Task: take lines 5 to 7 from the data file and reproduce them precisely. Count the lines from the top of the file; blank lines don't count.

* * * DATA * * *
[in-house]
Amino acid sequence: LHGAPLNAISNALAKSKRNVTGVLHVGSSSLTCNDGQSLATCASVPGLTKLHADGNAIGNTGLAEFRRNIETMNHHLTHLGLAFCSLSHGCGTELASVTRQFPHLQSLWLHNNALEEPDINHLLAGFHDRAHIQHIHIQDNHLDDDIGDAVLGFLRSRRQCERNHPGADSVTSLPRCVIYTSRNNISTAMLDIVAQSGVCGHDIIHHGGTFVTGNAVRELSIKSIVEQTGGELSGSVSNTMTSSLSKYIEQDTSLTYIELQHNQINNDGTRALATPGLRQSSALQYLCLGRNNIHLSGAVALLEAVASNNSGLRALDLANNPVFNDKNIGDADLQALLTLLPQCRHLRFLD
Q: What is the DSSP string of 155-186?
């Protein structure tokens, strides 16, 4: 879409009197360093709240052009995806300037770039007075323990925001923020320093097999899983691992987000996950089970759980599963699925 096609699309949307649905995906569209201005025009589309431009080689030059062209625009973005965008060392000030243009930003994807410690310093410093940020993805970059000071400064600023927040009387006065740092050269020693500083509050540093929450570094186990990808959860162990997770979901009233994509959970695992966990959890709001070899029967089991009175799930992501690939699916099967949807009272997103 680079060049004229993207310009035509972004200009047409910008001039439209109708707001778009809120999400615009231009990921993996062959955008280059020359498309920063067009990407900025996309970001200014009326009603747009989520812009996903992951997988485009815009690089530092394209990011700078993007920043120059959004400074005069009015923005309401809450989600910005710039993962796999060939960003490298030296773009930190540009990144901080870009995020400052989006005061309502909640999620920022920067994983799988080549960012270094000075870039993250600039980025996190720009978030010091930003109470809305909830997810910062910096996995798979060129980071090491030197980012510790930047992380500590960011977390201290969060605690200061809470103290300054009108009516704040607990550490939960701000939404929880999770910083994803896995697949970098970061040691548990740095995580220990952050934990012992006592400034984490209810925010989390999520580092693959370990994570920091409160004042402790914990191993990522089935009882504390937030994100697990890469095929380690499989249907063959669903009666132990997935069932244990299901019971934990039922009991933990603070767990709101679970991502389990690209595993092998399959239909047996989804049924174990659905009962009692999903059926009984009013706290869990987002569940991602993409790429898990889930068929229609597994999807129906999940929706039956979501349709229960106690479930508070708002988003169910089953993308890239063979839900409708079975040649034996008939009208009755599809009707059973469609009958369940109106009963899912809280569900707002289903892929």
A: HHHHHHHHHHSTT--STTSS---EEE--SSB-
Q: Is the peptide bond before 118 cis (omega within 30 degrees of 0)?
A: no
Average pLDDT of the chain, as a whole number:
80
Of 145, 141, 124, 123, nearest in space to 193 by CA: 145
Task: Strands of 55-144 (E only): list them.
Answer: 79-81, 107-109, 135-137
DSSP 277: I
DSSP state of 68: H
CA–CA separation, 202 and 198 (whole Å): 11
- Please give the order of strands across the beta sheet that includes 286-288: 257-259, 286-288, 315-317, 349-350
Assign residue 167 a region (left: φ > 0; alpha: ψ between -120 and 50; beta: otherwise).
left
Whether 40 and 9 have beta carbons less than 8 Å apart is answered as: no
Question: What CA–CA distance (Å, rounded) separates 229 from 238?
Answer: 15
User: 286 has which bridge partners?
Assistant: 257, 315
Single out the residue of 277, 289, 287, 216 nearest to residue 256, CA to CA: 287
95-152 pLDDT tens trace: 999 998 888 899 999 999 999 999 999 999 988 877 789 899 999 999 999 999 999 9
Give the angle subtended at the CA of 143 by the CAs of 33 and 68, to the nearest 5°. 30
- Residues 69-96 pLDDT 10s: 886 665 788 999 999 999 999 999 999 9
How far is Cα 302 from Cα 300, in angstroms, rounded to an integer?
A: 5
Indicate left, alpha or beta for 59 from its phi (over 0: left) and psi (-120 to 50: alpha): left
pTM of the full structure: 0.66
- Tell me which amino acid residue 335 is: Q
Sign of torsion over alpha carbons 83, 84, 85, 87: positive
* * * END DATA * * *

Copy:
A: HHHHHHHHHHSTT--STTSS---EEE--SSB-
Q: Is the peptide bond before 118 cis (omega within 30 degrees of 0)?
A: no